One of the most basic skills for a trial lawyer is giving verbal descriptions of in-court actions as they occur, and having a witness mark exhibits when pointing at them, because the microphones that are recording the proceedings for the record can’t see what’s happening in the room.

But over the past few months we’ve seen a rash of appellate opinions that address trial-stage failures at the most basic level. Adding to the list is a recent opinion of the Army CCA in United States v. Wada, No 20120457 (A.Ct.Crim.App. Feb. 28, 2014) (link to slip op.).

Private Wada was tried by a general court-martial composed of members with enlisted representation. He pleaded guilty to numerous offenses, including willfully disobeying a superior commissioned officer, willfully disobeying a non-commissioned officer, resisting apprehension, assault consummated by a battery, and wrongfully communicating a threat. However, he pleaded not guilty to a charge of aggravated assault with a means likely to cause death or grievous bodily harm, and the Government elected to proceed to trial on that charge.

The charge alleged that the appellant dragged and struck the victim with an SUV.

The government case regarding this charge consisted of one witness, SGT JW, who testified using Prosecution Exhibit 1, an aerial photograph of the scene. During his testimony, SGT JW repeatedly referred to Prosecution Exhibit 1, but no markings were placed on the exhibit to memorialize his testimony nor does the exhibit contain a legend identifying the places described.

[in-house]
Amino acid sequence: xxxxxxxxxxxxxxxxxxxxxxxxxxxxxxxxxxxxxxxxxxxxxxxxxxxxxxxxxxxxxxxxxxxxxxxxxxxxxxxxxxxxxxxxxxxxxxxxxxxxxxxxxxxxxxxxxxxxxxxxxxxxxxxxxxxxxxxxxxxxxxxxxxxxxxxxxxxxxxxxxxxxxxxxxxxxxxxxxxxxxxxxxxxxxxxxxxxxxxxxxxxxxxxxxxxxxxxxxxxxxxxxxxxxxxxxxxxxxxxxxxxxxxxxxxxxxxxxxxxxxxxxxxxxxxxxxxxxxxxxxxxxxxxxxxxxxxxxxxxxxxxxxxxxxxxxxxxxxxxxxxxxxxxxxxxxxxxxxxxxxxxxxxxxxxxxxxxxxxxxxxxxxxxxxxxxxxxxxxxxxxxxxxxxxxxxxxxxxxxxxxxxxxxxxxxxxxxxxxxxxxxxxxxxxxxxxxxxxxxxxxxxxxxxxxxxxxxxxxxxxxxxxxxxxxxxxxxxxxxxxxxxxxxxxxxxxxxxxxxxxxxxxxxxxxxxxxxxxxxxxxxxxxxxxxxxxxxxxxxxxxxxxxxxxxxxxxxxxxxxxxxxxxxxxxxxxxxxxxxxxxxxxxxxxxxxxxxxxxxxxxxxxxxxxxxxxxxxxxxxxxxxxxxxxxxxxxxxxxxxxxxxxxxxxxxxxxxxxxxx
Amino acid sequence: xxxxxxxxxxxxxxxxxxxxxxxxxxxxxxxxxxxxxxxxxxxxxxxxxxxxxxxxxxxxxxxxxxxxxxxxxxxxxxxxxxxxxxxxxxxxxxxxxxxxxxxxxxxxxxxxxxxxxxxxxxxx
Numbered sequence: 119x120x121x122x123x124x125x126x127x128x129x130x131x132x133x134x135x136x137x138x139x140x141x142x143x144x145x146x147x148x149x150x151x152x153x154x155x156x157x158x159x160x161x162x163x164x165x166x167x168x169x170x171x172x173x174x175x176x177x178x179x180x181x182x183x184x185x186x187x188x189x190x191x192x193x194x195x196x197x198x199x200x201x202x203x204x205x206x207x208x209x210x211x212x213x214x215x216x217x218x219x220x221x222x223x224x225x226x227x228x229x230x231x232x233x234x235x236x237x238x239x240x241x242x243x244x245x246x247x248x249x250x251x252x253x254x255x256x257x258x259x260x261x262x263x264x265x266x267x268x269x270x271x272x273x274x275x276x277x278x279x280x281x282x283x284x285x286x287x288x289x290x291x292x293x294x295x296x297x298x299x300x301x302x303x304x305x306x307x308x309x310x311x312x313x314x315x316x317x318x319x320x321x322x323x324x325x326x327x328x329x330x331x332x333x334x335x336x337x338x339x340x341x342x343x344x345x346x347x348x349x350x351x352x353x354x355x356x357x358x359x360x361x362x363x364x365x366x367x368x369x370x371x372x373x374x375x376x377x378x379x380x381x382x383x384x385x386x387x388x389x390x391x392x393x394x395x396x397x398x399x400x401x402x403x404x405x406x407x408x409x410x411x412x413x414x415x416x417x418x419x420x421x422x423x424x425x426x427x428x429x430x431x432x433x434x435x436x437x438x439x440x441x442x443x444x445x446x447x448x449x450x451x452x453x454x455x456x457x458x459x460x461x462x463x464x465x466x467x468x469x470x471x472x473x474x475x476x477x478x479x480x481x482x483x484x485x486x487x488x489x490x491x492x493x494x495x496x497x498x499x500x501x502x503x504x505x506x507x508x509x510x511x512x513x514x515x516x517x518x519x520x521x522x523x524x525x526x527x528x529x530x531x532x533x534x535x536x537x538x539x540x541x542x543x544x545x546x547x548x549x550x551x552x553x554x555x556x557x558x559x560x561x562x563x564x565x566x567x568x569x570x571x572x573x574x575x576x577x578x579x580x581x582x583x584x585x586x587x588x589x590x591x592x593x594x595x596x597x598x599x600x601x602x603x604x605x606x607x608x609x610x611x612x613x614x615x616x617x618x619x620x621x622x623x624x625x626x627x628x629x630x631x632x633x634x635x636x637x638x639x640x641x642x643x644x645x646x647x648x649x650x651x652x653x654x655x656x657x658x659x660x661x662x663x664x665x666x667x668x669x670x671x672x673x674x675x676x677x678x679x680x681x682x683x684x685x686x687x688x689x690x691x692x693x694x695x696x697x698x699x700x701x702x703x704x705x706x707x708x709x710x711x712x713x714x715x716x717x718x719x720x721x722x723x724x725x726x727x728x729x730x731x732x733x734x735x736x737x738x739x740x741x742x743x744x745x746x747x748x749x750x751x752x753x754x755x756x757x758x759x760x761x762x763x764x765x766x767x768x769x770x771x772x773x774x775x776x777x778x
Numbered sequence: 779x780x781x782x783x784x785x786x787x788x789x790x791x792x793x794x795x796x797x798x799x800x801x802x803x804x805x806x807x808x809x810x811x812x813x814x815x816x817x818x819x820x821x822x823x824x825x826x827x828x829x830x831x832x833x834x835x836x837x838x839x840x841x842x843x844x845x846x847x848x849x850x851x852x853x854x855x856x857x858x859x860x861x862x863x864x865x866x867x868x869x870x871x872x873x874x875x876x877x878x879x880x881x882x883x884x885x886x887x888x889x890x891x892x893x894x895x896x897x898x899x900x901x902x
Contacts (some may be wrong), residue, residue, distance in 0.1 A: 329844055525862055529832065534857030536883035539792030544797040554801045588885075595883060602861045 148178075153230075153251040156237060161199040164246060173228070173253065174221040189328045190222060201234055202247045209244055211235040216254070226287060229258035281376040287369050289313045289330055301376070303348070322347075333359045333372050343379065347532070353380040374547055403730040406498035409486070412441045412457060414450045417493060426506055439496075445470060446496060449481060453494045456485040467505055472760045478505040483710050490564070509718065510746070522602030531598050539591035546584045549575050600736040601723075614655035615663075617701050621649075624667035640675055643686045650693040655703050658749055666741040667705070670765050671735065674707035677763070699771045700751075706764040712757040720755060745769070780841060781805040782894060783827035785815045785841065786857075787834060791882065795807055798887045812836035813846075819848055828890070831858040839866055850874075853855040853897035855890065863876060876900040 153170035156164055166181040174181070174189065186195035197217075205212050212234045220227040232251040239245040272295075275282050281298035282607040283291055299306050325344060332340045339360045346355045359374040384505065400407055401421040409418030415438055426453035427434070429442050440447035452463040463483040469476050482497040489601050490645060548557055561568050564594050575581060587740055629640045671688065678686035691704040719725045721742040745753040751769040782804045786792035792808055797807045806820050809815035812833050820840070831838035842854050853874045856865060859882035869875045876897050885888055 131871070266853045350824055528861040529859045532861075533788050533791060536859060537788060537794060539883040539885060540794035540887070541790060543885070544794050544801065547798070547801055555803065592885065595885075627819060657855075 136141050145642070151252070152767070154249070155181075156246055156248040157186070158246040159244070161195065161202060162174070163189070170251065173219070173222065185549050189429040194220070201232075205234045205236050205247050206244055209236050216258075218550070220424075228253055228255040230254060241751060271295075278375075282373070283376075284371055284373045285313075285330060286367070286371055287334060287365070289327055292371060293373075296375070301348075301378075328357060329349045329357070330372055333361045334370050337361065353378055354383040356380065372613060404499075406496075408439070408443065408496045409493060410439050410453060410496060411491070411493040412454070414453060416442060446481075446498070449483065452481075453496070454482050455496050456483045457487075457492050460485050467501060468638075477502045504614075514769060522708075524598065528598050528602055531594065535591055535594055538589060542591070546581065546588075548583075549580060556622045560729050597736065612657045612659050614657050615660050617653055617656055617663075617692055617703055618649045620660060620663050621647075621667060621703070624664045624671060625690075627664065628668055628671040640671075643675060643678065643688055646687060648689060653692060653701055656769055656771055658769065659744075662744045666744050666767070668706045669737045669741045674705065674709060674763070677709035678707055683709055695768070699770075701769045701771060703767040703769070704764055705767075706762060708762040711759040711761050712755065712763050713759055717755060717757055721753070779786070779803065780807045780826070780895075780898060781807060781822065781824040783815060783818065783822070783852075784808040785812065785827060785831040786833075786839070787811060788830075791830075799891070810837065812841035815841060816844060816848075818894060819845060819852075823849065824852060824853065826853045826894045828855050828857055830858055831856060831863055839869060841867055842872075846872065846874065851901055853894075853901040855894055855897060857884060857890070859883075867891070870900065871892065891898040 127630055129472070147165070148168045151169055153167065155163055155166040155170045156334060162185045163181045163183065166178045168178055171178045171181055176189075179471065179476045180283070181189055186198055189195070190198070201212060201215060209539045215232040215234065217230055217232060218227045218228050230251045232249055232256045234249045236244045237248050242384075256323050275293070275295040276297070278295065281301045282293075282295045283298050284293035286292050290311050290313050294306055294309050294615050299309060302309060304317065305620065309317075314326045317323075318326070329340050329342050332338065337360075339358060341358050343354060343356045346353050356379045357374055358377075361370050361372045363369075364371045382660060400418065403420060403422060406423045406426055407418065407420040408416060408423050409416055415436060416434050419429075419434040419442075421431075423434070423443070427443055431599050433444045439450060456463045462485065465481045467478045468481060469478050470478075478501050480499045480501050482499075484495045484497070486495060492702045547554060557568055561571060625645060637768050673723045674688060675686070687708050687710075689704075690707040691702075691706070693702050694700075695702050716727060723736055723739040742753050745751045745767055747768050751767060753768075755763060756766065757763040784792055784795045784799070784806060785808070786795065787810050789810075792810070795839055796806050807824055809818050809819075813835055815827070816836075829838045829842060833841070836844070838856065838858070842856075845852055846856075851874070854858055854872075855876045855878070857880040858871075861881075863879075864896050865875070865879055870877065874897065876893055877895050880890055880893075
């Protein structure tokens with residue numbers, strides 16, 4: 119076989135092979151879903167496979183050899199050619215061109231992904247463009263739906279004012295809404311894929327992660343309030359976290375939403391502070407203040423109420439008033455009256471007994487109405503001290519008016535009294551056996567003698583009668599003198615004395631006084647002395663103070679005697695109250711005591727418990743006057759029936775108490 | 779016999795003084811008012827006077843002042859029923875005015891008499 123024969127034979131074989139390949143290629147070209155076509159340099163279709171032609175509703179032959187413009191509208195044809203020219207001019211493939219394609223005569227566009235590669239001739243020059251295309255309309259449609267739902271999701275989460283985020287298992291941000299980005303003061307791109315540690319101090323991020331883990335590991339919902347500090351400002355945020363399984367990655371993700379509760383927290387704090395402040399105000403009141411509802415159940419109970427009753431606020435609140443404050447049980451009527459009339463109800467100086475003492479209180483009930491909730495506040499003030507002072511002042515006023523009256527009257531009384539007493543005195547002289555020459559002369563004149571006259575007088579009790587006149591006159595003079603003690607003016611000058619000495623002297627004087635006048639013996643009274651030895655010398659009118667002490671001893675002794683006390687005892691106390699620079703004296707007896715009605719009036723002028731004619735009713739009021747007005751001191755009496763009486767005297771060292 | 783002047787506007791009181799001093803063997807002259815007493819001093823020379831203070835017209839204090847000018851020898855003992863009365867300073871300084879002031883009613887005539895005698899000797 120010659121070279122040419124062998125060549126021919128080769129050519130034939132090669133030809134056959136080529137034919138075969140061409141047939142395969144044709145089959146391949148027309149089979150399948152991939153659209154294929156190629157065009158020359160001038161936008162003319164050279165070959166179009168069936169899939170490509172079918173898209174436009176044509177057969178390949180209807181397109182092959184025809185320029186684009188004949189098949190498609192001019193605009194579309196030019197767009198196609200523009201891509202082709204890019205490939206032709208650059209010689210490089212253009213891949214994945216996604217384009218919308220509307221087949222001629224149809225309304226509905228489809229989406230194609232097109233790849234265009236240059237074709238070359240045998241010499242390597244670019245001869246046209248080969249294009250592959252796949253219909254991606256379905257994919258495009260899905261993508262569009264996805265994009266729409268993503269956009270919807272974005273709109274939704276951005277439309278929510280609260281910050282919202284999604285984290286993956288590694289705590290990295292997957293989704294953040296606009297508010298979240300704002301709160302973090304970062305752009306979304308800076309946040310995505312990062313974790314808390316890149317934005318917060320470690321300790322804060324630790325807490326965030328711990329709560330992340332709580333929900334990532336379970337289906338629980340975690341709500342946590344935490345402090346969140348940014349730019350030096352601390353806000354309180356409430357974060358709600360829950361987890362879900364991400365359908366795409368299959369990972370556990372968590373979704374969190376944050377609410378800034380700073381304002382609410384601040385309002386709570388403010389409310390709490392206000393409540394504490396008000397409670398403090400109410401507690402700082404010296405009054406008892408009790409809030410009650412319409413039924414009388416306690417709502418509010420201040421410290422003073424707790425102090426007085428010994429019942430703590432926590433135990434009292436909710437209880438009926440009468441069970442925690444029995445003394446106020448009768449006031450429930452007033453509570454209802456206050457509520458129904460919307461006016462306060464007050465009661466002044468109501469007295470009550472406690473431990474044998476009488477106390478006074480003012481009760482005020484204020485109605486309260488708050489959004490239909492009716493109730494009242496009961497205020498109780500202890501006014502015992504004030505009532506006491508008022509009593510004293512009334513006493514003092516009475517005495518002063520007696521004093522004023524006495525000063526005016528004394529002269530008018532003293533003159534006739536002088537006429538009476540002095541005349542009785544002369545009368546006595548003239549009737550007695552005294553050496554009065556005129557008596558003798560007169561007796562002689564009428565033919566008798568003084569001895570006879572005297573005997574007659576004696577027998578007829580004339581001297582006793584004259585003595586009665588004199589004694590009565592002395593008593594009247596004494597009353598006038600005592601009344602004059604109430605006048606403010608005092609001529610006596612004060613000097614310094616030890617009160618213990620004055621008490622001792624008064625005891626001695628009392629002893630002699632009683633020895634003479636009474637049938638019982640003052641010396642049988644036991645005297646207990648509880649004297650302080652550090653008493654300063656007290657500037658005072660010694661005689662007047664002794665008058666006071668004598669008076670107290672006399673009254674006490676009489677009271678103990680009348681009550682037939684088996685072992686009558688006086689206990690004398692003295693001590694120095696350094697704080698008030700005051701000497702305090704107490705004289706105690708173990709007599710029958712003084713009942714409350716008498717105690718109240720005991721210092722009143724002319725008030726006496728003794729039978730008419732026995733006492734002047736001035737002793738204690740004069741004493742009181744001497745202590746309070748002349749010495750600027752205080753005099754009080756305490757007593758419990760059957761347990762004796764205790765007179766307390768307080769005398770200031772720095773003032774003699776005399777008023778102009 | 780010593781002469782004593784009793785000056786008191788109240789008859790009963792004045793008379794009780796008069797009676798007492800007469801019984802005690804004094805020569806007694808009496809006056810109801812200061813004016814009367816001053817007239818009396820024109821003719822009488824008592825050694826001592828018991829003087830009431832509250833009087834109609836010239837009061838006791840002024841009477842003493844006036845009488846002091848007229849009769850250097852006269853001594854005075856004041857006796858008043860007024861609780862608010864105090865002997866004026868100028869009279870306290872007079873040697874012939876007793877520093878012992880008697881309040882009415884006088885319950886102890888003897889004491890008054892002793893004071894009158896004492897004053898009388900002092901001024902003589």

Slip op. at 2. The Defense called two witnesses who contradicted SGT JW’s testimony. One was a Specialist who was standing nearby and watched the incident. “From his vantage point, it did not look like the vehicle struck the [victim].” Slip op. at 3. The other witness was the victim. She testified that “she was not struck by the SUV; she was not injured in any way by the SUV; she was wearing slippers at the time; and her feet never dragged across the ground.” Slip op. at 3. But on cross-examination the Government impeached the victim’s credibility with the fact that she was the appellant’s dependent and he provided her with financial support. The panel convicted the appellant of the offense.